Today my last horse left our property, and where I had originally thought I would be devastated by this, I actually felt nothing but a sense of freedom.
When I was younger, all I wanted to do was learn to ride a horse. I didn’t get the chance to, until I was 14. Then I was given the chance to ride, but had to teach myself as there was no one around to help. I loved it; loved everything about horses and riding, to the point where I ended up getting a low paying job working with horses at the age of 16 because there was nothing I’d rather do.
I loved the feeling of freedom that came with riding, and the partnership that existed between horse and human. The experience of working so closely with another living, sentient being, that it’s as if you have but one mind between the two of you, is one of the most amazing things ever, and I will never forget it as long as I live.
When I was busy at work looking after other peoples’ animals, I used to dream of the day when I would have some land of my own, along with an arena and a bunch of horses to ride.
And yet today, I loaded the last of my horses on to the trailer of her new owner, and looked out of my window at my now empty paddock, and my now unused arena, and I didn’t even shed a tear.
What the hell happened?
I gave up riding when I fell pregnant with my first child, and for eight years I dreamed of the day that I would start riding again. After my fifth child, that day came. On a trip to the UK, I found someone to teach me, and had my first ride in a very long time. The weird thing was; I didn’t actually know if I had enjoyed the experience. I had thought I would feel ecstatic, jubilant; but I felt nothing, and I didn’t know why.
However, I persevered, thinking I would start to enjoy it again soon, but instead all I found was a bundle of nerves, where there used to be confidence. If the horse put a foot out of place I would worry, and I was terrified that the horse would do something silly and I’d be ejected out of the saddle with force, leaving five motherless children sat at home.
Things started to improve, and when we finally found our dream property with its 25 acres, I decided to build my dream arena, and get my dream horses, and well, live my dreams.
It wasn’t long before I discovered that the dream had turned into a small nightmare.
The excitement which I had once felt, that had come every time I had the chance to ride, had turned into more of a dread. I was like, “Guess I’d better go and ride now,” or, “We can’t go away for the weekend; I have to look after the horses.” It wasn’t long before I discovered that I didn’t want to ride every day. At first, I just assumed that it was because I didn’t have transport, and couldn’t get out with the horses. Or that it was because my horse was inexperienced and not especially talented. Maybe it’s because I just didn’t have the time necessary to do things properly. And maybe it was because I had nothing to aim for; no goals to achieve.
In reality, it was none of that.
It took me the longest time to admit that I just didn’t want to ride anymore; at least not on a regular basis, anyway. One of the hardest things to accept was that the dream I had waited so long to turn into reality, wasn’t my dream anymore, and that I had changed. Even harder was the guilt that was associated with spending the money to create all this, only to find I didn’t want it. At all.
I realised that what I cherish above all things, is freedom. The freedom to travel at a moment’s notice, without having to organise someone to look after four horses twice a day, seven days a week, for an unspecified period of time, until we get back. I discovered that I didn’t want to spend hours every day doing a solitary activity, and ignoring my kids. And I found that what I love more than anything is to go on adventures with them. I am a different person now, to how I was when I was single, and even when I was married but without kids. My life has changed, and so have my priorities.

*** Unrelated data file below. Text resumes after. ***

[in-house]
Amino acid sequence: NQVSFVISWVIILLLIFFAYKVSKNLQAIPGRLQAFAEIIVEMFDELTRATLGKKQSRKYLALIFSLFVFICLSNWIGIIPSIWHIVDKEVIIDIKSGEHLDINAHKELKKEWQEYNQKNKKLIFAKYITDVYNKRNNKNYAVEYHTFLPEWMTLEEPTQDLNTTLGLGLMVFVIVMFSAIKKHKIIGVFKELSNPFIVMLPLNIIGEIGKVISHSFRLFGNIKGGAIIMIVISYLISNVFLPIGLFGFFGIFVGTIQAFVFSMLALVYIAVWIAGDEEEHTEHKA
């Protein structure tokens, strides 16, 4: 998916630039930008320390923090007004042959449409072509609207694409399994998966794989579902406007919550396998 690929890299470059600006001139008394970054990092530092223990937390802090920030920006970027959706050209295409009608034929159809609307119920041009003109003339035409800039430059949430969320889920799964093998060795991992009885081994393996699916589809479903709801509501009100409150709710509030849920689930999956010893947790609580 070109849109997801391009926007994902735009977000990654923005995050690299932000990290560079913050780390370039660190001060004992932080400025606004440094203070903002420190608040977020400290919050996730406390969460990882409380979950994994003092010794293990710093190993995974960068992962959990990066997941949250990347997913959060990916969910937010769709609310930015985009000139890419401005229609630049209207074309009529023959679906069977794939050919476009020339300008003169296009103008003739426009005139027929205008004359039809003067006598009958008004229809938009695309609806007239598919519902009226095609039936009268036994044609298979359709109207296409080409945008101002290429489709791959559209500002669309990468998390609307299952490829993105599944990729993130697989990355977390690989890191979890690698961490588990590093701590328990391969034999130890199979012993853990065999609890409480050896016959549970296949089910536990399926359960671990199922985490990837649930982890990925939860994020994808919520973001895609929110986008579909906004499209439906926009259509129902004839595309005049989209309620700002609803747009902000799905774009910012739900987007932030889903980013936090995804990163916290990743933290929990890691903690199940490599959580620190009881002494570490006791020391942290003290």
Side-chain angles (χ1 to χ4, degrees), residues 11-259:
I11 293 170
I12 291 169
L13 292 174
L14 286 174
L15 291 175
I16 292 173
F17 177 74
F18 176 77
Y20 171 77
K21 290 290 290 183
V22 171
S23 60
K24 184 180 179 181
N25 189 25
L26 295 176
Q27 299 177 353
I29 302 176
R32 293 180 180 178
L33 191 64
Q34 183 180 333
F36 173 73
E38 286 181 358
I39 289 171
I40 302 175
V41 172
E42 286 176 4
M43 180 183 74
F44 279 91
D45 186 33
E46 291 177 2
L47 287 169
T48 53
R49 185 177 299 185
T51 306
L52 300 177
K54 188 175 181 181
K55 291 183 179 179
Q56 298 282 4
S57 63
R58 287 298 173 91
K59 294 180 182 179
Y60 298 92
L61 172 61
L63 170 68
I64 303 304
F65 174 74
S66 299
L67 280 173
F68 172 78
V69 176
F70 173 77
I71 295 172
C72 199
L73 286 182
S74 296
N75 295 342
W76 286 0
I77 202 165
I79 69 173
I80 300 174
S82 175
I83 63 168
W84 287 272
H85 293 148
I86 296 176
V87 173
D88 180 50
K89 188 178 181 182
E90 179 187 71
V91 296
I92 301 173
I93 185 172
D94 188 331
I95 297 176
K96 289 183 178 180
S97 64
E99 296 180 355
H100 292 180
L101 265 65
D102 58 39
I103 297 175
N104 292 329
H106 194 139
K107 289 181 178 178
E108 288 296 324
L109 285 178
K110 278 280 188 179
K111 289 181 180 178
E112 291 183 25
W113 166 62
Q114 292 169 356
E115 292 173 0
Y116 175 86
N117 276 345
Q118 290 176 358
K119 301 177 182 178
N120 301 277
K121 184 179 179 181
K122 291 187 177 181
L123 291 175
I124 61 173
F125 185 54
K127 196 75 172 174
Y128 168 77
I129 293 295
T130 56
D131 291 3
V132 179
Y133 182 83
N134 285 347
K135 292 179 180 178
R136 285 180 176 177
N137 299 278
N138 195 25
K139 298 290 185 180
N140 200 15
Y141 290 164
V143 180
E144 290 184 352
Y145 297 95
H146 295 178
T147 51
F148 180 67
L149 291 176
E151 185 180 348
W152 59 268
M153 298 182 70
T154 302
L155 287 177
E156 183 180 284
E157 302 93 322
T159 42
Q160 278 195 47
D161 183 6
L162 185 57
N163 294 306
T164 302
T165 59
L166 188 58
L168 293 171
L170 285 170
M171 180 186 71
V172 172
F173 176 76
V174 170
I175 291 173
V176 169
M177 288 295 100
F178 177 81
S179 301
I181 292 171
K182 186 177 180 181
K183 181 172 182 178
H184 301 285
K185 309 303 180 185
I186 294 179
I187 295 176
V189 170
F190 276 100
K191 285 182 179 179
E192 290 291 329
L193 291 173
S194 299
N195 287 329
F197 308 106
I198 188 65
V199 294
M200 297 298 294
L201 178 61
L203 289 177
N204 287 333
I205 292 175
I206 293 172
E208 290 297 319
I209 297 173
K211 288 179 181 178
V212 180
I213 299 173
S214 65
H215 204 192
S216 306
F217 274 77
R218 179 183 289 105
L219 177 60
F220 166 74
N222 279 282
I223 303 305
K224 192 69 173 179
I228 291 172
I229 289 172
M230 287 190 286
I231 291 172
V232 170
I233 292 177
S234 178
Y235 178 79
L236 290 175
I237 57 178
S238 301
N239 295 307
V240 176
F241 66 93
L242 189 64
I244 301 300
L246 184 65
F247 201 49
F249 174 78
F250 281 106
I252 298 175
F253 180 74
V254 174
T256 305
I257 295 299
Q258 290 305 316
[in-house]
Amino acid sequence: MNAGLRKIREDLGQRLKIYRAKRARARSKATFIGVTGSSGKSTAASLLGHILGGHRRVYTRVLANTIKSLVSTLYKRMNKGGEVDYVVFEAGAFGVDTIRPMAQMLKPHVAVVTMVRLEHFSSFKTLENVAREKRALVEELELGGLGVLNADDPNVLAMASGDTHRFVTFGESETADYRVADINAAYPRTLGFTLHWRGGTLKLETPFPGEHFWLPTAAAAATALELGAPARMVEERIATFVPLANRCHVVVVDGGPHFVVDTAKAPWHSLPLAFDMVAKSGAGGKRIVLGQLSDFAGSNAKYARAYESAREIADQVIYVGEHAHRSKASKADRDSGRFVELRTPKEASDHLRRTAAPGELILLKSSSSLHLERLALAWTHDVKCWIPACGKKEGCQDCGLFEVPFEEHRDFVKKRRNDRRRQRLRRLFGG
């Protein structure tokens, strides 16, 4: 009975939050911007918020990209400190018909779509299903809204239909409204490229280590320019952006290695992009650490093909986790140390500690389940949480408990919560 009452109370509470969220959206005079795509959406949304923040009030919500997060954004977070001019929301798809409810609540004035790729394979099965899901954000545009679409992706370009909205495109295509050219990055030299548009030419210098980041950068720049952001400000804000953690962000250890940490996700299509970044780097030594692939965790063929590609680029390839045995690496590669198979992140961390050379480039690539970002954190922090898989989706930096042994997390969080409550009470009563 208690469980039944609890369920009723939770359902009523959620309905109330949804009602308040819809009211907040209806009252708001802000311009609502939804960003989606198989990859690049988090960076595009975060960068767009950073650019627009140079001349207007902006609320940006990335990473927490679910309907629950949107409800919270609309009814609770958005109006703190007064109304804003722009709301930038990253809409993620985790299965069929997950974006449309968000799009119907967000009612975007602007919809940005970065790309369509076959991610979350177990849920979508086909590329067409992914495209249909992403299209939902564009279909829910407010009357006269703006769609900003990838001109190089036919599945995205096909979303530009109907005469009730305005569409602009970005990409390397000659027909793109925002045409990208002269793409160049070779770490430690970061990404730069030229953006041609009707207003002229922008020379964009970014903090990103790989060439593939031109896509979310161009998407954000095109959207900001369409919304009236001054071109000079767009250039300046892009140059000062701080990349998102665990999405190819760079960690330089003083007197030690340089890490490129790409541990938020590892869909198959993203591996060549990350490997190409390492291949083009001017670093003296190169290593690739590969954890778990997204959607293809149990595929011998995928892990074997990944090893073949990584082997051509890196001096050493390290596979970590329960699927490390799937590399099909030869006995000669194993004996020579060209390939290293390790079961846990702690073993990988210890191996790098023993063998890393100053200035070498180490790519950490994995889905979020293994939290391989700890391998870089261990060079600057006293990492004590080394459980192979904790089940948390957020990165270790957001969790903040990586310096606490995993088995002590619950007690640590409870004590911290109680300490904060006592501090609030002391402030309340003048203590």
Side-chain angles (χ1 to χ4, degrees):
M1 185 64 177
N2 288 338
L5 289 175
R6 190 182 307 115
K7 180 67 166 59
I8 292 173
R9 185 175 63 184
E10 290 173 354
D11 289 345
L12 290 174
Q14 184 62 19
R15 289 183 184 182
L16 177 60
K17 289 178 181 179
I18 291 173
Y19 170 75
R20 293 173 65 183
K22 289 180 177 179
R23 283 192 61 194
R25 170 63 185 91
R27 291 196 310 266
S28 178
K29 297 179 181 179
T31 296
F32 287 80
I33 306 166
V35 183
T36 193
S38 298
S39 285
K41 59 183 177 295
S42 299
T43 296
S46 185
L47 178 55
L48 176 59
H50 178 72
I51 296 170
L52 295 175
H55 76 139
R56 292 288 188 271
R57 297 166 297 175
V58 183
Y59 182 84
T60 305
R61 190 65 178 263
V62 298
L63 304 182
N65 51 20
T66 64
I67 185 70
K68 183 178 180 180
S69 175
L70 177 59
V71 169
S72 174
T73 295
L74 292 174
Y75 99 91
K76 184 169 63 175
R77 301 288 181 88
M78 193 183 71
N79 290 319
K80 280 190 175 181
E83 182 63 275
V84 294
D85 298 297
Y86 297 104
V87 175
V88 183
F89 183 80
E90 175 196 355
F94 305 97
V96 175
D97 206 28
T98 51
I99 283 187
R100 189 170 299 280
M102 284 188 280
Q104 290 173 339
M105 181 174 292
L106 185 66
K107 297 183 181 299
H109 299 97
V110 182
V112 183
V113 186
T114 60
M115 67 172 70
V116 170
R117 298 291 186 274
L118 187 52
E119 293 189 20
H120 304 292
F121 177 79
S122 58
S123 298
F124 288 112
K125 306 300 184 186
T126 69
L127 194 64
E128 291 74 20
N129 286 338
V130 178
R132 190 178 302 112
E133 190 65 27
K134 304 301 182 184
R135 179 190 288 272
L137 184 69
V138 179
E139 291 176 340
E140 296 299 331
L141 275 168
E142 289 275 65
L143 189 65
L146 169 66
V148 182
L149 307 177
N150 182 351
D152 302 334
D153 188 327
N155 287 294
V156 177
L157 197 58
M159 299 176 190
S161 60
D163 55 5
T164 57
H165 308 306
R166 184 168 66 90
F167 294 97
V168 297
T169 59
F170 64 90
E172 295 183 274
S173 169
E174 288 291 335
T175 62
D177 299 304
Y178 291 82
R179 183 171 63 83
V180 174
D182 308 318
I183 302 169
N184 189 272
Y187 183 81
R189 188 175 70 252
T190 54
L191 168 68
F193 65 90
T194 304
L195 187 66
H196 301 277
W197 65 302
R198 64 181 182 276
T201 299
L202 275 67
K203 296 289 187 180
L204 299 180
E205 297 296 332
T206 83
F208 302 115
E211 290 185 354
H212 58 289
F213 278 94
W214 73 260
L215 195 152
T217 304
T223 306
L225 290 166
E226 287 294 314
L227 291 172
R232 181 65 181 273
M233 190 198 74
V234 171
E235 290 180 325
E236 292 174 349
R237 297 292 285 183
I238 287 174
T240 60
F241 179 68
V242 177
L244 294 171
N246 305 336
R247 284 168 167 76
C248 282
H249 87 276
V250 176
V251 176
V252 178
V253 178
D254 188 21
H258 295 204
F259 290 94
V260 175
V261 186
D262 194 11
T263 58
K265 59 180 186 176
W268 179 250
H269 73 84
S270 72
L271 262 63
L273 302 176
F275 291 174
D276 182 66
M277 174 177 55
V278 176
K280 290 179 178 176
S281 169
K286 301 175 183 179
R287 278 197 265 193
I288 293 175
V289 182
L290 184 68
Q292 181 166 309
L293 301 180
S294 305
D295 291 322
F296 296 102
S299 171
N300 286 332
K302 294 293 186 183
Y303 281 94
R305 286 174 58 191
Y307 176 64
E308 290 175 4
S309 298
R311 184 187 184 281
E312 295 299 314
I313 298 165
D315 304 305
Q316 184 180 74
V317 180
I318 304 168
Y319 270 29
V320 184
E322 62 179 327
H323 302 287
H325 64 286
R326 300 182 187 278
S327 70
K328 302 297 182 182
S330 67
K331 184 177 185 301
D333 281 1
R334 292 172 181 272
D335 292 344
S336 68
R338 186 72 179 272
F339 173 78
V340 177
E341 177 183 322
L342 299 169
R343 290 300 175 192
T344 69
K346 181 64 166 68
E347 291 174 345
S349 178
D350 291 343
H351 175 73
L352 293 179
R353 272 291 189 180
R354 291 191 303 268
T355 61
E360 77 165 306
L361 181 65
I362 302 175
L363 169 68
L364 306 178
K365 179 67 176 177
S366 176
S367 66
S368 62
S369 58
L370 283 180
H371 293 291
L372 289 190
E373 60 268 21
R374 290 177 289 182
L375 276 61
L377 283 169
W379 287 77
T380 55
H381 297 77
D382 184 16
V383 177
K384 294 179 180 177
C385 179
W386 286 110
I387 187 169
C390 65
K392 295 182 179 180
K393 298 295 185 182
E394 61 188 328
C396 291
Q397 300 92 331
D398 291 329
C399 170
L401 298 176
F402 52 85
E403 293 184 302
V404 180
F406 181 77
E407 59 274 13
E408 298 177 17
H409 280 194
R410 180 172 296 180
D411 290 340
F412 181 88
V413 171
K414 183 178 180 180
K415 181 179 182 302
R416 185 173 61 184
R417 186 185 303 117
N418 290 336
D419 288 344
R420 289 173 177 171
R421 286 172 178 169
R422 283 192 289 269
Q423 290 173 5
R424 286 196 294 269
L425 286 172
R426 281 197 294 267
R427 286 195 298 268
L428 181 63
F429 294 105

I am going to say that it will probably be a little discomfiting to look out upon the arena that was my dream, but that it really did become part of a figurative ball and chain to me. But we can always sell up and move on.
The most important thing is that I am discovering who I am as a person. And I am old enough now, and far along enough in life, that I am unapologetic about it. I don’t see it as a mistake at all. It has all just been a part of the journey of finding myself, and there are no mistakes in that process; just learning experiences.
So I advertised the horses, sold a couple, and gave a couple away. And that is how today, I loaded the last one on to the trailer to her new home. And I was relieved.
On Sunday we leave for Hong Kong, where we’ll have a few days well deserved break, before going to visit family in my home country. And who knows where we’ll go after that? But the great thing is, it doesn’t matter anymore. I don’t have to get back for the horses, and they will all be happy in their new homes. Happy to be appreciated, hopefully. And I am happy that I get to be with my kids more, and go on adventures and travels with them.
This is exactly why we home school; so that we can go roaming together, and yet my choices were keeping us tied down. I am grateful to the wonderful horses that were a part of my life, but I am finally ready to move on with that life. Finally, I am looking forward instead of backward, I am creating a new life and a new identity, rather than hanging on to the person I used to be.
I am a fully grown woman now, with new goals and dreams; I don’t need to hang on to something that was my dream 25 years ago.
So as I look out on my arena, sat there empty, I give a rueful little smile, and then with a shrug of my shoulders, I throw it all off, and go and give my kids a big hug.
Time to go and pack the suitcases.